Mazetto et al (2012) stated that increased levels of inflammatory markers and clotting factors have been related to the pathogenesis and prognosis of venous thromboembolism (VTE).  In particular, the imbalance between VWF and ADAMTS13 has been described in patients with arterial thrombosis.  In this study, a total of 77 patients with previous VTE and 77 matched controls were selected for the evaluation of the inflammatory markers, FVW, ADAMTS 13, and D-dimer.  The presences of post-thrombotic syndrome (PTS) and residual vein obstruction (RVO) were also assessed in patients.  Serum levels of tumor necrosis factor-alpha and interleukin-6 were significantly increased in patients compared to controls (median = 2.25 versus 1.59 pg/ml, p ≤ 0.001; 1.16 versus 0.98 pg/ml, p = 0.013, respectively).  Plasma levels and activity of VWF (median = 150.25 versus 95.39 U/dL, p ≤ 0.001; 145.26 % versus 92.39 %, p ≤ 0.001) and ADAMTS 13 (median = 1088.84 versus 950.80 ng/ml, p ≤ 0.001; 96.03 versus 83.64 %, p ≤ 0.001) were also higher in patients.  These investigators further analyzed the subgroups of patients with higher risk for VTE recurrence or VTE sequelae, defined as the presence of high D-dimer levels, RVO or PTS.  All inflammatory markers were significantly higher in patients with increased D-dimer.  The presence of PTS or RVO was not associated with higher inflammatory or coagulation parameters.  The increased levels of inflammatory markers and VWF may suggest that there is a persistence of inflammatory activity in patients even at long periods after the VTE episode.  In this context, it may be postulated that increased levels of ADAMTS13 could represent a compensatory mechanism against persistently increased levels of VWF.  Moreover, increased inflammatory activity was associated with increased D-dimer levels, thus it is possible that this inflammatory activity may also be related to the risk of VTE recurrence.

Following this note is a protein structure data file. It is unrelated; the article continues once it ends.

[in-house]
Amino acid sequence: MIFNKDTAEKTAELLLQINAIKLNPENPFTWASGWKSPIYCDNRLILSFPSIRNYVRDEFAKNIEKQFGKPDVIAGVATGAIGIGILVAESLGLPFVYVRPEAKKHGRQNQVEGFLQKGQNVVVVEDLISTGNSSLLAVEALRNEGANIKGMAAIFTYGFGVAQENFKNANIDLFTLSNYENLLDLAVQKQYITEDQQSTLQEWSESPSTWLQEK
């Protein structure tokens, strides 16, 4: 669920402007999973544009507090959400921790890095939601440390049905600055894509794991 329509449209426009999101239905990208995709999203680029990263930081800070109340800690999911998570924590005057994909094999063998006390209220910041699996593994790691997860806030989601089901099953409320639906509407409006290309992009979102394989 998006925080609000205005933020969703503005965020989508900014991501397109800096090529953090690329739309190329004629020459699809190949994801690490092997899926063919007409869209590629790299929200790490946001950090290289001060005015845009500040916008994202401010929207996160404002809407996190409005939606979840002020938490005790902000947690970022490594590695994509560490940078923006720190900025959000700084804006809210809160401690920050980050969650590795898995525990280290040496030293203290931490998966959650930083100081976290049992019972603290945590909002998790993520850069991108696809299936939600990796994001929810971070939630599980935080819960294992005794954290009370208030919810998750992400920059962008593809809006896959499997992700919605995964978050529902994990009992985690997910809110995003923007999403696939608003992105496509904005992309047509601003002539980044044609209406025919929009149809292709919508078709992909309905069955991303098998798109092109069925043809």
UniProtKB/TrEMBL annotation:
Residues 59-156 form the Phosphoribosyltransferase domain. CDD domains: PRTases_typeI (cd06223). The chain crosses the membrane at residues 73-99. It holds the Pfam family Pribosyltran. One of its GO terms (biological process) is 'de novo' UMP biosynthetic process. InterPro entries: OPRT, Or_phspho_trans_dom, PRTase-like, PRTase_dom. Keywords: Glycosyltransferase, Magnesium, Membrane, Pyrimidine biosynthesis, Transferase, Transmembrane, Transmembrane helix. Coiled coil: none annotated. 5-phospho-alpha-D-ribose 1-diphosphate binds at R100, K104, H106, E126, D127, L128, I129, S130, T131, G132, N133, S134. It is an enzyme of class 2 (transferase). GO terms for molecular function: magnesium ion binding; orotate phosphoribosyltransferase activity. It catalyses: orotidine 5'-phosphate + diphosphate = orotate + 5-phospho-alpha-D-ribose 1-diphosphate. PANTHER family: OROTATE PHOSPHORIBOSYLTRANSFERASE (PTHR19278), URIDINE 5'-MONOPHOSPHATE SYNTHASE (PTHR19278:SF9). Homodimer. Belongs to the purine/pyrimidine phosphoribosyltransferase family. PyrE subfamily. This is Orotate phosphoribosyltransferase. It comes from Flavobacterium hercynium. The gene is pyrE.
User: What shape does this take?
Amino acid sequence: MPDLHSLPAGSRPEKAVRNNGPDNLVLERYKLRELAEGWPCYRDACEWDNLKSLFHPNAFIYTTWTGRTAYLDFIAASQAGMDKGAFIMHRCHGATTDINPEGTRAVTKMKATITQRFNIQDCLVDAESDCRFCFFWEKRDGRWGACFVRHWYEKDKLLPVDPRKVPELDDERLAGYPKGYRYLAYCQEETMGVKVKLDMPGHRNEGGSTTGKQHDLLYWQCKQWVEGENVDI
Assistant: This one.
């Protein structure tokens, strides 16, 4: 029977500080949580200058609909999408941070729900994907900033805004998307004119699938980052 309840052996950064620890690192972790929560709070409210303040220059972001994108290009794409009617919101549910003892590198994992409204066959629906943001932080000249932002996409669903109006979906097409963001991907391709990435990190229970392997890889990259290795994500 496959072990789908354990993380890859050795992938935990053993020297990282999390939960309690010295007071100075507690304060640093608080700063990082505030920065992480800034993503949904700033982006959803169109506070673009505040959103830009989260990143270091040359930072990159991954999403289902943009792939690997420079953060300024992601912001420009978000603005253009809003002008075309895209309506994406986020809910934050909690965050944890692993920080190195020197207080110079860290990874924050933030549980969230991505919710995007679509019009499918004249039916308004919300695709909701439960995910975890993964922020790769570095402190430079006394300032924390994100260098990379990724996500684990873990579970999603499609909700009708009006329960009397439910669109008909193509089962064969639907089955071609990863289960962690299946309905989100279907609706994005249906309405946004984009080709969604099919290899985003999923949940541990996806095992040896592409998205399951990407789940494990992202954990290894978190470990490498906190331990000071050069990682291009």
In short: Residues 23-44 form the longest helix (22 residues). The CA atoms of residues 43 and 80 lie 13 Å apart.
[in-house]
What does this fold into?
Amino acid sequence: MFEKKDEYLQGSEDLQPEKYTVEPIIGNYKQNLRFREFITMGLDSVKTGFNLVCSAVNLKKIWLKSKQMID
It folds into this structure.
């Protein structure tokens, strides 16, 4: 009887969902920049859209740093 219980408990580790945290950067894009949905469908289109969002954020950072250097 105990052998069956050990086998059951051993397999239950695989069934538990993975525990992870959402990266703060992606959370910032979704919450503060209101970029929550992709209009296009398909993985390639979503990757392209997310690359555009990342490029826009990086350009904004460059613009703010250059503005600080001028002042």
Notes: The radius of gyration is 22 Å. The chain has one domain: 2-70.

Sonneveld et al (2014) stated that VWF plays an important role in hemostasis by mediating platelet adhesion and aggregation.  Ultra-large VWF multimers are cleaved by ADAMTS13 in smaller, less pro-coagulant forms.  An association between high VWF levels and cardiovascular disease has frequently been reported, and more recently also an association has been observed between low ADAMTS13 levels and arterial thrombosis.  These investigators reviewed the current literature and performed meta-analyses on the relationship between both VWF and ADAMTS13 with arterial thrombosis.  Most studies showed an association between high VWF levels and arterial thrombosis.  It remains unclear whether ADAMTS13 is a causal independent risk factor because the association between low ADAMTS13 and arterial thrombosis is so far only shown in case-control studies.  The authors concluded that prospective studies are awaited; a causal role for ADAMTS13 is supported by mice studies of cerebral infarction where the infusion of recombinant human ADAMTS13 reduced the infarct size.

Diagnosis of Acute Myelogenous Leukemia